In the Middle East size really does matter. The region dominates the market for airliner-derived business jets and seven of the eight VIP versions of the Boeing 747-8I on order are destined for there, as is the only corporate Airbus A380 so far purchased.
But with both airframers pushing their new widebody as well as narrowbody products aggressively at the show, questions persist over who in the ultra-specialised world of high-end completions can - or wants to - commit to turning the world's biggest airliner into a luxury private jet.
The three European companies capable of handling the biggest business jets, Jet Aviation and AMAC of Switzerland and Germany's Lufthansa Technik, appear to be securing between them the backlog of 747-8s, five of which are due to be delivered from Seattle next year and three in 2012.
Jet Aviation announced at MEBA it has the first deal to outfit a VIP 747-8I. It will receive the new-generation jumbo at its Basle centre in early 2012 and install the interior, for an undisclosed Middle Eastern customer, over 24 months. The company's in-house studio will design the cabin.
President Peter Edwards says the General Dynamics subsidiary is "excited to take on the challenge" of the first VIP 747-8, adding that the contract is "a validation of the investments we have made in technology and training to build the in-depth know-how of the aircraft".
Major players not in any rush to invest in equipment needed for large-aircraft completions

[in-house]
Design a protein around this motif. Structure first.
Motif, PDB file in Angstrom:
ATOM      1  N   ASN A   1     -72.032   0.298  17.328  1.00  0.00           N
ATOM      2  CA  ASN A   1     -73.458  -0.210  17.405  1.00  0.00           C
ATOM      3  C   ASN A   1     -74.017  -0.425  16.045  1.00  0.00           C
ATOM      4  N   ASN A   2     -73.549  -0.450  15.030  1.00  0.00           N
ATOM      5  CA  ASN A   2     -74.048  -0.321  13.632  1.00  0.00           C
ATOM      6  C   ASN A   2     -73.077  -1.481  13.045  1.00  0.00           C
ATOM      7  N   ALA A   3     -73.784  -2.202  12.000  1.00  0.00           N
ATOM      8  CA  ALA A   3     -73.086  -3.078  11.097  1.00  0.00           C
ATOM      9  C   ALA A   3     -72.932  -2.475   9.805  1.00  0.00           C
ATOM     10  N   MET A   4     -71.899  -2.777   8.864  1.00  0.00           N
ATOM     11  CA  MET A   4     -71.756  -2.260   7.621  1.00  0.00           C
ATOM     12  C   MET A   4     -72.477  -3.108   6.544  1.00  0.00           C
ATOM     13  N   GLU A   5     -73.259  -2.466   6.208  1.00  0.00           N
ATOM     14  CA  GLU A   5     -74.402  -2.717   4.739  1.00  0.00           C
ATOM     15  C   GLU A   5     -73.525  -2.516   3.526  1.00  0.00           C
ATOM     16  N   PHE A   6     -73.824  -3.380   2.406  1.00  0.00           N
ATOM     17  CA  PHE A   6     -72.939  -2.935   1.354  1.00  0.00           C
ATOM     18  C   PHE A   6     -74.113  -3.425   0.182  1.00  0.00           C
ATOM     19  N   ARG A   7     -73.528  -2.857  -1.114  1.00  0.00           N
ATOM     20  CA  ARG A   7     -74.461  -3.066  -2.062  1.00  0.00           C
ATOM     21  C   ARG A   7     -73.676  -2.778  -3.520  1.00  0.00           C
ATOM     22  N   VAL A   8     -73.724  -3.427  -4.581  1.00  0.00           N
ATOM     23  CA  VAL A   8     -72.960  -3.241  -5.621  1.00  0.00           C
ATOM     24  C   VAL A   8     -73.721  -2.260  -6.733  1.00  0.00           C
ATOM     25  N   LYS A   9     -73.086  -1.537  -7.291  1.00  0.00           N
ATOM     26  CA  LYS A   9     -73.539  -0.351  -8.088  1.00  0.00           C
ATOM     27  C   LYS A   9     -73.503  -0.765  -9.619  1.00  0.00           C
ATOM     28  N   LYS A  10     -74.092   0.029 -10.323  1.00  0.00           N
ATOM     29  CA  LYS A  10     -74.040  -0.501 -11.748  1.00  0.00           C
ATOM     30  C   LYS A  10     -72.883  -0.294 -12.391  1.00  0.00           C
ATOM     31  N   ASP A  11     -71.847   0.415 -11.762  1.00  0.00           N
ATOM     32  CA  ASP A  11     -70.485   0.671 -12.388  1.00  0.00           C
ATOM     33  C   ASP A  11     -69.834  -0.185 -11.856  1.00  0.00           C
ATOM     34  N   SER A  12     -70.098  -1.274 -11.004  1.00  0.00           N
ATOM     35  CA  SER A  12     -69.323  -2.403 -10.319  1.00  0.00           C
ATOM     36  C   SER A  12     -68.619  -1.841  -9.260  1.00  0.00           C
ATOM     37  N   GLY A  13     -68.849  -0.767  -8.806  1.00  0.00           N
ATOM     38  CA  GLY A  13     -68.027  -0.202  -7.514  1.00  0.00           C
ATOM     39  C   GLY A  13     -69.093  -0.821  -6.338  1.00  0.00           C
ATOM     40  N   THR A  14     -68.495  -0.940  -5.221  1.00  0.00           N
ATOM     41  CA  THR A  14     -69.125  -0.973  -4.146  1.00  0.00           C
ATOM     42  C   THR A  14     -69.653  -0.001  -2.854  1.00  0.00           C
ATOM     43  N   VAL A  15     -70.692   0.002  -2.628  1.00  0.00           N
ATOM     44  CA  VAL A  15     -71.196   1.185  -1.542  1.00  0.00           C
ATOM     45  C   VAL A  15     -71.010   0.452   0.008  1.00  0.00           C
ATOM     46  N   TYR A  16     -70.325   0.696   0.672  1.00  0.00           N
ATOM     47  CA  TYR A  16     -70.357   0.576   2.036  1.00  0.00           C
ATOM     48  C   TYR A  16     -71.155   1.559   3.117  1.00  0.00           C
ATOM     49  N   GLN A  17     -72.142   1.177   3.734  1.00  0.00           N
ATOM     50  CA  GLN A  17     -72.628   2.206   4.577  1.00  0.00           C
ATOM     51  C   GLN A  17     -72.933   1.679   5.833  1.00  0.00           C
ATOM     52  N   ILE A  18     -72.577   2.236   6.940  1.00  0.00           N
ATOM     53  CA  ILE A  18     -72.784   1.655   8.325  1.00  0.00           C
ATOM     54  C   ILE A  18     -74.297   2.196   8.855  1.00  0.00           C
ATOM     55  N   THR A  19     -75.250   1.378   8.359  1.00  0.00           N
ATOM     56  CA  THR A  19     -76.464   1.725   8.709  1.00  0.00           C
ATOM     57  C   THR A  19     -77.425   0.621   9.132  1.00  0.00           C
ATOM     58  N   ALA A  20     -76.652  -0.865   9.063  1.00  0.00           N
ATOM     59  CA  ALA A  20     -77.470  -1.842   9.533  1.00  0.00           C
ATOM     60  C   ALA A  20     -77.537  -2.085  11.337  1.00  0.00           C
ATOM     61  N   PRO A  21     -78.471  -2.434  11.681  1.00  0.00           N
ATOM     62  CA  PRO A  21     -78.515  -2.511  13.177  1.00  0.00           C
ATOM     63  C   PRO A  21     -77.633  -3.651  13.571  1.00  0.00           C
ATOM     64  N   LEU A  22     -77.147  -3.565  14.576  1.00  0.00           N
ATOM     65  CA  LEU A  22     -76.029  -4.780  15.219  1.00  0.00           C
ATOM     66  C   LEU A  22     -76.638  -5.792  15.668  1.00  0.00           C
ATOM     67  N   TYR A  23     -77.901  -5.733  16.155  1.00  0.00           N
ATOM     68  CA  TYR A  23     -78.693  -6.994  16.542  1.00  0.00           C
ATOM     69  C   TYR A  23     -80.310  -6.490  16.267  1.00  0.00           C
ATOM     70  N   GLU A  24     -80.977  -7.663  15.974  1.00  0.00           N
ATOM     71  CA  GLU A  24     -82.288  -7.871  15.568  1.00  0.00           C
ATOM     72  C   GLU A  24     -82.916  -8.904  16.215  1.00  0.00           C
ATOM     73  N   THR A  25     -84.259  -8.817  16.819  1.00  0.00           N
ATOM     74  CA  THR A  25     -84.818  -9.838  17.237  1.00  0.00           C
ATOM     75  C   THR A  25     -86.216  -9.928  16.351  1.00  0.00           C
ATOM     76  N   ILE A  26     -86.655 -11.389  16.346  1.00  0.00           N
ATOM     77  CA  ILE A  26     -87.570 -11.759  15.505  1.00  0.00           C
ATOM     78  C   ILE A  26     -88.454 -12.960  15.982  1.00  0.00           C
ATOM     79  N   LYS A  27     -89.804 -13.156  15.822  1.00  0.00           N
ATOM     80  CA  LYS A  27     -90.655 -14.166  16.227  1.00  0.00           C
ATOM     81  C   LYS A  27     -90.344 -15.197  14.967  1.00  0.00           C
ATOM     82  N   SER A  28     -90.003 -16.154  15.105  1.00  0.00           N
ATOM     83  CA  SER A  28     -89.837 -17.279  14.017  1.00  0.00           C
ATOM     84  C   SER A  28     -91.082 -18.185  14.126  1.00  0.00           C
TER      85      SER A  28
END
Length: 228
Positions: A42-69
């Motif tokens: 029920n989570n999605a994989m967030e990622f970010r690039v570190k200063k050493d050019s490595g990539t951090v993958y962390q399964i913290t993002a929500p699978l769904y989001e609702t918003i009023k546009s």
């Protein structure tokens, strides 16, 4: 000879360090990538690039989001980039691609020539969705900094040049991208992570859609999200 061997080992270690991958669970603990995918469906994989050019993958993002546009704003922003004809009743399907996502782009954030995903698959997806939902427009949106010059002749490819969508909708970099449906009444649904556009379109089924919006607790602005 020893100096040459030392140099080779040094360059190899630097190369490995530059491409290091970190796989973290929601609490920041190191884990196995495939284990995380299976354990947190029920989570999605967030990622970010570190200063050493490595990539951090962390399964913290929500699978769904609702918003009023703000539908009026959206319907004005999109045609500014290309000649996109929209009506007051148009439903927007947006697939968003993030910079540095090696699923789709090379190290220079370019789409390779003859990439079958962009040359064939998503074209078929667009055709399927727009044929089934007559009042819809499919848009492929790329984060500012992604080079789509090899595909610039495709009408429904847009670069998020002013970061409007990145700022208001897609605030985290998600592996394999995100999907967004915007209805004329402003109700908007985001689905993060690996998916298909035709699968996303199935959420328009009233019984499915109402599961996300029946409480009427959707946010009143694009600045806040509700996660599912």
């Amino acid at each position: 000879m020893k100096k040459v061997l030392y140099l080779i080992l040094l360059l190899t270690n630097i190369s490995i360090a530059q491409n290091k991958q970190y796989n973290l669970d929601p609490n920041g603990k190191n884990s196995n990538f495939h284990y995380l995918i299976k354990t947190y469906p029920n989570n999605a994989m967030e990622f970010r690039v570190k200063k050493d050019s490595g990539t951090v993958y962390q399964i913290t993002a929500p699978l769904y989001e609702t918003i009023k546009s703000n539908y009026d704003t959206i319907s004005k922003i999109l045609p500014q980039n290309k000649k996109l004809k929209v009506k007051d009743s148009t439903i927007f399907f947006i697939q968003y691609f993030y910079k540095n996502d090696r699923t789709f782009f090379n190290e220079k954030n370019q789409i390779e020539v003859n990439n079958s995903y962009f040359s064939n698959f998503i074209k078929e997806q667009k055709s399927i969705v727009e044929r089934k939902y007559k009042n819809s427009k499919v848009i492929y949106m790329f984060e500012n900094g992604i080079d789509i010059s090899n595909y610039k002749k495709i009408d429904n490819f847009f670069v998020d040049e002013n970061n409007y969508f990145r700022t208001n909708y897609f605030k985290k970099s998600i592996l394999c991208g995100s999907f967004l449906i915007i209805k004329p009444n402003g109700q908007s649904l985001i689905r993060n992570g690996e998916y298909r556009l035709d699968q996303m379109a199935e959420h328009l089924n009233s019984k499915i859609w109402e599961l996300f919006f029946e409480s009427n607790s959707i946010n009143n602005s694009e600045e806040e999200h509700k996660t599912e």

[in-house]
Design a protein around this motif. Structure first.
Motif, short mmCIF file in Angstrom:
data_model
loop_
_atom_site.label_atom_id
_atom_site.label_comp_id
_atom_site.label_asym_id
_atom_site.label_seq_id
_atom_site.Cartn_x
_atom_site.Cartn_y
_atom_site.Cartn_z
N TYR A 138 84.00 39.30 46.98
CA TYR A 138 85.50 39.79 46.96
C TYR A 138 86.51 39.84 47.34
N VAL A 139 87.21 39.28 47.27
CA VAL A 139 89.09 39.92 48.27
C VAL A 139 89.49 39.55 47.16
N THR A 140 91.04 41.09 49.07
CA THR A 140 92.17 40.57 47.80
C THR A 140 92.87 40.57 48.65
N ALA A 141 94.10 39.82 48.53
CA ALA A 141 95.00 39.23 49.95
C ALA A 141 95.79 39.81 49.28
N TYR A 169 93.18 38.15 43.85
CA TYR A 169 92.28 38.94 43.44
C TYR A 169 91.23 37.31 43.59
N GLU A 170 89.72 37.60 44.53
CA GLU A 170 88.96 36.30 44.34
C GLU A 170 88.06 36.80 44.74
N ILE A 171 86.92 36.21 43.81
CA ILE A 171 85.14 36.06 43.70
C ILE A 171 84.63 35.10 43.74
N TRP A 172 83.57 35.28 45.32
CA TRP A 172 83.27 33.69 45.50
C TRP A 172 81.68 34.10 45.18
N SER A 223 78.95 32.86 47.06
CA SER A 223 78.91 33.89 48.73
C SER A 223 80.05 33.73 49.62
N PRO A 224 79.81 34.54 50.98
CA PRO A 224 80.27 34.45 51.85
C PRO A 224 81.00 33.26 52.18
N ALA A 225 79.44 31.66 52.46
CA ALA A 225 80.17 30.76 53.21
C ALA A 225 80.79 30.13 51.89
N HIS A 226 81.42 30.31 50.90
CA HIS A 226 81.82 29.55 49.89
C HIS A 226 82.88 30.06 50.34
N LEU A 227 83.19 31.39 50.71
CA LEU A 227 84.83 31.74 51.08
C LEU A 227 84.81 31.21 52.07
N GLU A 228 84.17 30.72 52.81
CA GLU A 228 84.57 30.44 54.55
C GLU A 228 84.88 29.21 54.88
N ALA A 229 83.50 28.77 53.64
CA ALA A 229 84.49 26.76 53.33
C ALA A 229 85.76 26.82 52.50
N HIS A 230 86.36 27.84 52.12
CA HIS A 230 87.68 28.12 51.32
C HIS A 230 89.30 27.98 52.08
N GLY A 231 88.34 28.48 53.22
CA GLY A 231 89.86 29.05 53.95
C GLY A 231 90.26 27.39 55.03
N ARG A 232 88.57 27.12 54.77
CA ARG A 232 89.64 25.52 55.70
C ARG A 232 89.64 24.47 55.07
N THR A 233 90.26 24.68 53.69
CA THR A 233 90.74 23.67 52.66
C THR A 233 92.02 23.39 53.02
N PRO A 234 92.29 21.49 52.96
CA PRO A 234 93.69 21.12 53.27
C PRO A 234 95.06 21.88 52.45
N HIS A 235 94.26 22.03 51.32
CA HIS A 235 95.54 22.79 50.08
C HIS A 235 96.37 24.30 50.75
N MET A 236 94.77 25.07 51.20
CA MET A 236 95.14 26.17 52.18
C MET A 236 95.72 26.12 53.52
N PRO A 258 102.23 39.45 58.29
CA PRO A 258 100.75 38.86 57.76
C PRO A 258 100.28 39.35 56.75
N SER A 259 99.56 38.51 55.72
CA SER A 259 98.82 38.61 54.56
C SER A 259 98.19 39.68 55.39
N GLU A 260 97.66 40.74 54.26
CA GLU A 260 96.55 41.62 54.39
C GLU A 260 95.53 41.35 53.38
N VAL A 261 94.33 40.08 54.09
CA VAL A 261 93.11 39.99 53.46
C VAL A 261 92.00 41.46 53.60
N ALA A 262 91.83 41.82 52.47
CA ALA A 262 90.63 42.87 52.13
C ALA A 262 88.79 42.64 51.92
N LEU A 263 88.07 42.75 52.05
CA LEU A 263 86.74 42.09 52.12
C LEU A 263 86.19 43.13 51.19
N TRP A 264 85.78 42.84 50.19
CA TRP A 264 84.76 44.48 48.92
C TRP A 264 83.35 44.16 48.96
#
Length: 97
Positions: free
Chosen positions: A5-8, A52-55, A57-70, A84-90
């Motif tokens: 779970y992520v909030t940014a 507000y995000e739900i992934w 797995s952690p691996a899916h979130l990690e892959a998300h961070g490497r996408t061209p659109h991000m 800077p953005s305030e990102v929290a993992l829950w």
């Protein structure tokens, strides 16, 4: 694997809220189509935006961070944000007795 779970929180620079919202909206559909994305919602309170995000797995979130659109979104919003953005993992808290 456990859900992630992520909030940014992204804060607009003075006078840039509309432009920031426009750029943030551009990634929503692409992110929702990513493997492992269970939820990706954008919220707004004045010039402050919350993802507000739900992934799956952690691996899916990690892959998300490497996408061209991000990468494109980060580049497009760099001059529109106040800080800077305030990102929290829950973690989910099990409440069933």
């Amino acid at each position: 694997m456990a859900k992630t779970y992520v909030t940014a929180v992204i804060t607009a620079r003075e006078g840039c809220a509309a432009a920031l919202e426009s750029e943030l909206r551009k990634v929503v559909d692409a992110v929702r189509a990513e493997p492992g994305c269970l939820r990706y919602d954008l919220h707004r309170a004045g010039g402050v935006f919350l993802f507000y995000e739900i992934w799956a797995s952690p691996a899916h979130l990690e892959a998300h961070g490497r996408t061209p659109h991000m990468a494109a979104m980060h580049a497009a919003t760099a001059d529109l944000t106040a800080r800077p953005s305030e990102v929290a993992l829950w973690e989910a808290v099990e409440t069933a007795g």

Jet Aviation's Basel neighbour AMAC - which was not at MEBA - last month announced that it had a letter of intent for the completion of a 747-8 for a Middle Eastern customer, and hoped to sign the contract by the first quarter. The company earlier this month officially opened its new "widebody" second hangar.
Meanwhile, Lufthansa Technik's senior vice-president of marketing and sales claimed at the show that the Hamburg company was expecting to complete four of the eight VIP 747-8s.
However, when it comes to the A380, the completions giants are cautious. Airbus believes there is a market for 30 VIP versions of the superjumbo and is talking to most of the owners of the around 25 privately and government-owned current generation 747s, Airbus vice-president executive and private aviation Francois Chazelle said at the show.
However, the massive investment involved in equipment and capabilities to outfit its 551m2 (5,930ft2) interior, together with a long backlog of other large-aircraft completions, means none of the big players are rushing to take on the first VIP A380, to Saudi Arabia's Prince Al Waleed and due to come off the Airbus production line next year.
"We cannot accept the A380 any time before 2014," says Walter Heerdt, senior vice-president of marketing and sales for the German company. "There is 18-21 months of lead time before we could touch the airplane, and we have told Airbus this."
Jet Aviation agrees that 2014 is the earliest work could be carried out, and even Airbus admits that 2014-15 is realistic for the first VIP A380 to enter completion.
Meanwhile, Switzerland's SR Technics is the latest company to announce plans to enter the Airbus and Boeing completions sector. The Zurich-based maintenance, repair and overhaul house, majority-owned by Abu Dhabi's Mubadala, will partner business services provider TAG Aviation.